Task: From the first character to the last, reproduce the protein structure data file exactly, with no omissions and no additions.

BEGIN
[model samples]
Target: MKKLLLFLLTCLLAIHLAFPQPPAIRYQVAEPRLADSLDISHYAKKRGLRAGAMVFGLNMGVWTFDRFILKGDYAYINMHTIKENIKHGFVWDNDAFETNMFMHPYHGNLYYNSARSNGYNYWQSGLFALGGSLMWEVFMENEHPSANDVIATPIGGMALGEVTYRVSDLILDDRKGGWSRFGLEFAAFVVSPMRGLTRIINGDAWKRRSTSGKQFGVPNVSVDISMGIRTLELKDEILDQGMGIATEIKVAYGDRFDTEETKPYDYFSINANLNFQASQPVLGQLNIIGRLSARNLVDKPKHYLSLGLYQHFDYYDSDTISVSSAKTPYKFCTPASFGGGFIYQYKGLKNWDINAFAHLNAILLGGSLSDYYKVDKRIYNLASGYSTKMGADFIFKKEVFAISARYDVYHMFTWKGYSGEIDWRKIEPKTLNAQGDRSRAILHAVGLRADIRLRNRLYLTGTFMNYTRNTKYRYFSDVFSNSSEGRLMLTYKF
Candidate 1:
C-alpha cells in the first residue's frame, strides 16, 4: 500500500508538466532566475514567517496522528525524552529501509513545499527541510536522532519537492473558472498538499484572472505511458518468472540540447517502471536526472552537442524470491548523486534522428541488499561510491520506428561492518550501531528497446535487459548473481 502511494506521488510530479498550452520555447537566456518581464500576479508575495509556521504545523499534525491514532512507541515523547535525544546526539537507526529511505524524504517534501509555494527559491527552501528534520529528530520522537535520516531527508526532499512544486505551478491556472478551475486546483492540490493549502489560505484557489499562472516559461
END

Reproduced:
[model samples]
Target: MKKLLLFLLTCLLAIHLAFPQPPAIRYQVAEPRLADSLDISHYAKKRGLRAGAMVFGLNMGVWTFDRFILKGDYAYINMHTIKENIKHGFVWDNDAFETNMFMHPYHGNLYYNSARSNGYNYWQSGLFALGGSLMWEVFMENEHPSANDVIATPIGGMALGEVTYRVSDLILDDRKGGWSRFGLEFAAFVVSPMRGLTRIINGDAWKRRSTSGKQFGVPNVSVDISMGIRTLELKDEILDQGMGIATEIKVAYGDRFDTEETKPYDYFSINANLNFQASQPVLGQLNIIGRLSARNLVDKPKHYLSLGLYQHFDYYDSDTISVSSAKTPYKFCTPASFGGGFIYQYKGLKNWDINAFAHLNAILLGGSLSDYYKVDKRIYNLASGYSTKMGADFIFKKEVFAISARYDVYHMFTWKGYSGEIDWRKIEPKTLNAQGDRSRAILHAVGLRADIRLRNRLYLTGTFMNYTRNTKYRYFSDVFSNSSEGRLMLTYKF
Candidate 1:
C-alpha cells in the first residue's frame, strides 16, 4: 500500500508538466532566475514567517496522528525524552529501509513545499527541510536522532519537492473558472498538499484572472505511458518468472540540447517502471536526472552537442524470491548523486534522428541488499561510491520506428561492518550501531528497446535487459548473481 502511494506521488510530479498550452520555447537566456518581464500576479508575495509556521504545523499534525491514532512507541515523547535525544546526539537507526529511505524524504517534501509555494527559491527552501528534520529528530520522537535520516531527508526532499512544486505551478491556472478551475486546483492540490493549502489560505484557489499562472516559461